Joe Louis in 1936 (REUTERS).
There was a time in America history when Joe Louis was considered the most important Black American. As the heavyweight champion of the world from 1937-1949, very few people — Black or white — could touch his star power. Americans celebrated Louis for more than just his boxing skills; he was a symbol of what America could be. As Black writer Al Sweeney once wrote in the Cleveland Call and Post in 1942, “Joe Louis hasn’t only proven to be the greatest fighting champion to ever don the abbreviated fight trunks, but he has done more to promote inter-racial (sic) good will than any other Negro individual in history.”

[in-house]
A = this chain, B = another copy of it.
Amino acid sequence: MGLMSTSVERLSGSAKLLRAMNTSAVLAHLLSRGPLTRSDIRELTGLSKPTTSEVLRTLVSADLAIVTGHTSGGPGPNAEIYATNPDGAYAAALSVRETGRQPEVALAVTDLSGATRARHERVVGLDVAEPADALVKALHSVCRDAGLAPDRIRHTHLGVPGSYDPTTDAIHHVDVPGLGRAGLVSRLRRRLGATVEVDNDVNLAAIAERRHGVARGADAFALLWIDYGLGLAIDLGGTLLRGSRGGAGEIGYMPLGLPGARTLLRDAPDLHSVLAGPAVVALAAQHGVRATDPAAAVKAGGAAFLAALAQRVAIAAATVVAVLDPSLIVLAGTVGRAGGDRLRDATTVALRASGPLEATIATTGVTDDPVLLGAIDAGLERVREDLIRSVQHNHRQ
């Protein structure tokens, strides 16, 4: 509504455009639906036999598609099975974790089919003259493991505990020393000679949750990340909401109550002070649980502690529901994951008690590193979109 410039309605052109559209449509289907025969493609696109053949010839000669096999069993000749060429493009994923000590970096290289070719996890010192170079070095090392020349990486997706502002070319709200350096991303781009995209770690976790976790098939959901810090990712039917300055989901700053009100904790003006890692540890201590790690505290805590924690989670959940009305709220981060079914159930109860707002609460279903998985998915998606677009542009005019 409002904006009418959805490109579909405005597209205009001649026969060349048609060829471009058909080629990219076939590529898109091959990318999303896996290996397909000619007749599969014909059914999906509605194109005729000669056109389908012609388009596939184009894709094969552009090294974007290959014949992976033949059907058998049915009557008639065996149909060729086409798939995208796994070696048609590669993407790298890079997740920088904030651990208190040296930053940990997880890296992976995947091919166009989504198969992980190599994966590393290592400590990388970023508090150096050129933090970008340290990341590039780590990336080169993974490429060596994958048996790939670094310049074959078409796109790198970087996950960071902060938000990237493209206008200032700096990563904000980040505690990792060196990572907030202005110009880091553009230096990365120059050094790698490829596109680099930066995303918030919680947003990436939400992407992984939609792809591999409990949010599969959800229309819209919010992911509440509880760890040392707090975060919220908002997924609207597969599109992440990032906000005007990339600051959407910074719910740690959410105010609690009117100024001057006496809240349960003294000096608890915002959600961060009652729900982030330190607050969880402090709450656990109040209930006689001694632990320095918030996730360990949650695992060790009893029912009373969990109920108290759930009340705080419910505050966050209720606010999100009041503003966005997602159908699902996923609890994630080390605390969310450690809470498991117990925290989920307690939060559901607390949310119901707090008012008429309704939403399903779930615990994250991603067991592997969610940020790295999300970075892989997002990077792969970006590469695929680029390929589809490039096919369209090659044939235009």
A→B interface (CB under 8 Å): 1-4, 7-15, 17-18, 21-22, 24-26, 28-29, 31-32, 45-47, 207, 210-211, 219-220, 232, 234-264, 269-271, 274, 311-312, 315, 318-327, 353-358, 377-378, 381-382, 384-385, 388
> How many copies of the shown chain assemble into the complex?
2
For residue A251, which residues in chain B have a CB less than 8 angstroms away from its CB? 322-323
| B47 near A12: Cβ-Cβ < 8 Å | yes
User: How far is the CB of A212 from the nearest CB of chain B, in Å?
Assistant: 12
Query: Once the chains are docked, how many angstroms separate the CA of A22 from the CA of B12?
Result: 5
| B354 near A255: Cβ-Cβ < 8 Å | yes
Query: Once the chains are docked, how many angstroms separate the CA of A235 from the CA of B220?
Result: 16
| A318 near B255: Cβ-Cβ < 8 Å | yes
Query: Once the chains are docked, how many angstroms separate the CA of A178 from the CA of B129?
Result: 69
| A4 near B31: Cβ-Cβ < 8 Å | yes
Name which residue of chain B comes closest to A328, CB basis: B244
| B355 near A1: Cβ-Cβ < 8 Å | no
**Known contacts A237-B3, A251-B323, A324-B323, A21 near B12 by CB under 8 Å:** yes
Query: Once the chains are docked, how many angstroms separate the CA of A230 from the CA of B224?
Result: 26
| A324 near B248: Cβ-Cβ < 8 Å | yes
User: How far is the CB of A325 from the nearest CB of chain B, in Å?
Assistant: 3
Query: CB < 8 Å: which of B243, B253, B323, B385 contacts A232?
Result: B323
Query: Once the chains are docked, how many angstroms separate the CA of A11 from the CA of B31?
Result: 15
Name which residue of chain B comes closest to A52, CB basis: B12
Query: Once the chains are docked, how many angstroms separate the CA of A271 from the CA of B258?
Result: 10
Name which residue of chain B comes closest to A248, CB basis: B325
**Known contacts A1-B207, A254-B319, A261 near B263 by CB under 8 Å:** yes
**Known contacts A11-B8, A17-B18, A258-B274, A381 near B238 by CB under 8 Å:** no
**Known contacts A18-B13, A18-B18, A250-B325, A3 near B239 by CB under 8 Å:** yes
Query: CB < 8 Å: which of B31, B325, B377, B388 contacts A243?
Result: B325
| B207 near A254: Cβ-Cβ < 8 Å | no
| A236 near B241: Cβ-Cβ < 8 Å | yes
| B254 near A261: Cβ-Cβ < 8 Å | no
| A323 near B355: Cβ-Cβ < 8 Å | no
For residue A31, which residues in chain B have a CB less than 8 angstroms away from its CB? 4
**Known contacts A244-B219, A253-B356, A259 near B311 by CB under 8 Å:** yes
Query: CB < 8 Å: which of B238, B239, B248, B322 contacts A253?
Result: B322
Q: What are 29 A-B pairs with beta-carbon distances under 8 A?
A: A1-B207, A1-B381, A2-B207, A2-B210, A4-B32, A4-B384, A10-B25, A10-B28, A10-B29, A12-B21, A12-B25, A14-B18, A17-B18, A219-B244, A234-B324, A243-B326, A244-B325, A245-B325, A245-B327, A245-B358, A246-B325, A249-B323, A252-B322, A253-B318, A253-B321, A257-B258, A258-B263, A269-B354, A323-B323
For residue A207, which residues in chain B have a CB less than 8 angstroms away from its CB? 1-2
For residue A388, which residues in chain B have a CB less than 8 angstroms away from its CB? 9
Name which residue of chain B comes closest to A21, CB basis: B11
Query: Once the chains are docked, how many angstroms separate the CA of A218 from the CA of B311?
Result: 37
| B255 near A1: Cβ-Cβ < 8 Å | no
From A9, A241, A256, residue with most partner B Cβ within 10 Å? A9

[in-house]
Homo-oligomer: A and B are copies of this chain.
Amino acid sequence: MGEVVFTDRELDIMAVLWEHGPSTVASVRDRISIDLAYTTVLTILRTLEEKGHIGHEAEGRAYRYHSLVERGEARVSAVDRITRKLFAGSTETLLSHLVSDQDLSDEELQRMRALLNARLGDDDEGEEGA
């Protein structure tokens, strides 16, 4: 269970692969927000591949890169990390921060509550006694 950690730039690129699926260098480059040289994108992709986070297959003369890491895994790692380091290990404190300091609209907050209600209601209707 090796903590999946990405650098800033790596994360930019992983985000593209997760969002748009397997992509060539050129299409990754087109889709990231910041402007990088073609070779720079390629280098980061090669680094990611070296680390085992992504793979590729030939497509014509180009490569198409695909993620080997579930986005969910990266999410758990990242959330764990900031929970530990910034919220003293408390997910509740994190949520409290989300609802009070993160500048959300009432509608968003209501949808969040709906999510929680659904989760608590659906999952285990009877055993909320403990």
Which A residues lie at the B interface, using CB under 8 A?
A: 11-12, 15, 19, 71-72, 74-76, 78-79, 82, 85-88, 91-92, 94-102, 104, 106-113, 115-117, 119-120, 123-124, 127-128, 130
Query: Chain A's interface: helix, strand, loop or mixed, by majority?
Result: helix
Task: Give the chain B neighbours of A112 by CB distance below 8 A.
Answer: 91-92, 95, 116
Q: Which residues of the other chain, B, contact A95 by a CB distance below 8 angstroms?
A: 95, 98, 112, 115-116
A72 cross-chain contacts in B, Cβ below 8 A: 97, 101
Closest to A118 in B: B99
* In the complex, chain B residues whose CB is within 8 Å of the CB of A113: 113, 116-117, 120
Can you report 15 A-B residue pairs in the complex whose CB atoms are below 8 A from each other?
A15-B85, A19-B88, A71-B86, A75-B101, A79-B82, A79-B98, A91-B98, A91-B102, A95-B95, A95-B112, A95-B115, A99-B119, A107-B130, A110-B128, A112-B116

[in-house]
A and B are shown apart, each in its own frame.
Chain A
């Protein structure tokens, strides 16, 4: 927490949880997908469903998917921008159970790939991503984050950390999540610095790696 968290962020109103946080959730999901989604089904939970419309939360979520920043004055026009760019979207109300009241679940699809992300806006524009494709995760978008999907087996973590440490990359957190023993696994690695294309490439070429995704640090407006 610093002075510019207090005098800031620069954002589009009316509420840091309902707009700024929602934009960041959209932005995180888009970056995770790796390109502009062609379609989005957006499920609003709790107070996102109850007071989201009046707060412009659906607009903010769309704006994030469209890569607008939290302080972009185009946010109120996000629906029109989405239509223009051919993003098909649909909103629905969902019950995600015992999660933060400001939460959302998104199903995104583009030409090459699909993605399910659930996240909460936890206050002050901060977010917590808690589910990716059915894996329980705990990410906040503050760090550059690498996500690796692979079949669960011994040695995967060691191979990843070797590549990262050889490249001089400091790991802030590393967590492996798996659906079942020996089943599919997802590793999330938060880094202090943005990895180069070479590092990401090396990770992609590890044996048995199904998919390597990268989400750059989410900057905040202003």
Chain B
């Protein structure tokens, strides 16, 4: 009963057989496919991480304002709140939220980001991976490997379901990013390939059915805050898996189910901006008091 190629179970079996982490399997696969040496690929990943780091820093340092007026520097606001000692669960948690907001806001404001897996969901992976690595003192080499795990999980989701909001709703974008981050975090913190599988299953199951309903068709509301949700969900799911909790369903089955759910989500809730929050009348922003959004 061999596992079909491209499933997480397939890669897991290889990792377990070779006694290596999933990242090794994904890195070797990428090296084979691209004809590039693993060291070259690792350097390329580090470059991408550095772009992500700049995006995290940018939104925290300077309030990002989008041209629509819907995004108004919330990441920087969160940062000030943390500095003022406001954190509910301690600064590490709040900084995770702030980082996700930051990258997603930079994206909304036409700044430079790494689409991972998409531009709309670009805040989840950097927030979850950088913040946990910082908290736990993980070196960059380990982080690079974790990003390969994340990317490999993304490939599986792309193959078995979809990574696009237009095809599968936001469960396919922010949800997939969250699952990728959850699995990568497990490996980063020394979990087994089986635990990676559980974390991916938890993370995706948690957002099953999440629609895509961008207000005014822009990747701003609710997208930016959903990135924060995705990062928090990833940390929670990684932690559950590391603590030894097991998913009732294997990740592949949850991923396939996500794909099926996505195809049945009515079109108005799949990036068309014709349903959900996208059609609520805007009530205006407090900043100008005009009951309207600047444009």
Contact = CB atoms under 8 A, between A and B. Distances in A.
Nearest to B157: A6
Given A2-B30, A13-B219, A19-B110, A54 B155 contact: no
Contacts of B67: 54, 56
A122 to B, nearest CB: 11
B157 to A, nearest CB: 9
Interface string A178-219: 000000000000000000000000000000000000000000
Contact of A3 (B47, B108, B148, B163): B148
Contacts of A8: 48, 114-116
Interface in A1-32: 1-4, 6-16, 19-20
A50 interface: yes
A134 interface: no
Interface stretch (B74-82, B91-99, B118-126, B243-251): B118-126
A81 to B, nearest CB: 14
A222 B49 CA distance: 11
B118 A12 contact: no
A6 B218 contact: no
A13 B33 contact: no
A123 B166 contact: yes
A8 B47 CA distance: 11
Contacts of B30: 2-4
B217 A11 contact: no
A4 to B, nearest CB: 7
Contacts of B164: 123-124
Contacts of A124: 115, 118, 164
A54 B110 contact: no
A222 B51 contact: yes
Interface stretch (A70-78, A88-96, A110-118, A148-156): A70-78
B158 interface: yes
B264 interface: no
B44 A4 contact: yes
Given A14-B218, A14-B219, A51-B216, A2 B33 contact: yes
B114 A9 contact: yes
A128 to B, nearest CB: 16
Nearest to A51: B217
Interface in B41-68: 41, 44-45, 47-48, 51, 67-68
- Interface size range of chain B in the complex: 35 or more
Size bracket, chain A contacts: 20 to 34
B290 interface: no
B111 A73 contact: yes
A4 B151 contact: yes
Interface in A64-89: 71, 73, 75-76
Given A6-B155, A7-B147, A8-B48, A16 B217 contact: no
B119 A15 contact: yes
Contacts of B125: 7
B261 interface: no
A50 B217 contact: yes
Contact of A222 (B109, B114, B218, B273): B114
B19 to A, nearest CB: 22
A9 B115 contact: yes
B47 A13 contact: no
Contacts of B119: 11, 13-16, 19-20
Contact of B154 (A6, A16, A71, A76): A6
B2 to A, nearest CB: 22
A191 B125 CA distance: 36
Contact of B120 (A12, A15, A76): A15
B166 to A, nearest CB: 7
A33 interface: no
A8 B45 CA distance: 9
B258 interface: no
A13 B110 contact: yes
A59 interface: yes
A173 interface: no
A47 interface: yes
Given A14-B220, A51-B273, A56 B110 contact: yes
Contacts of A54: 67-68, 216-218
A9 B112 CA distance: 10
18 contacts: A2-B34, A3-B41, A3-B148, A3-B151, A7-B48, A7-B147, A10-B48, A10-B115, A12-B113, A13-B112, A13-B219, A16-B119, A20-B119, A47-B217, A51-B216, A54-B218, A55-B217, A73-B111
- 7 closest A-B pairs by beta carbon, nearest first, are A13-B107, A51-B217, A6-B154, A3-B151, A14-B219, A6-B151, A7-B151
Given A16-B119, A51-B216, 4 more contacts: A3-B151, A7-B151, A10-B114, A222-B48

His rise from poverty to championship, coupled with his destruction of German fighter Max Schmeling (the only person he had been defeated by at that point) in 1938, and his patriotic sacrifice during…
Subscribe to The North Star
Subscribe for $10 a month to gain access to this and many more articles from The North Star.
Do you already have an account? Log In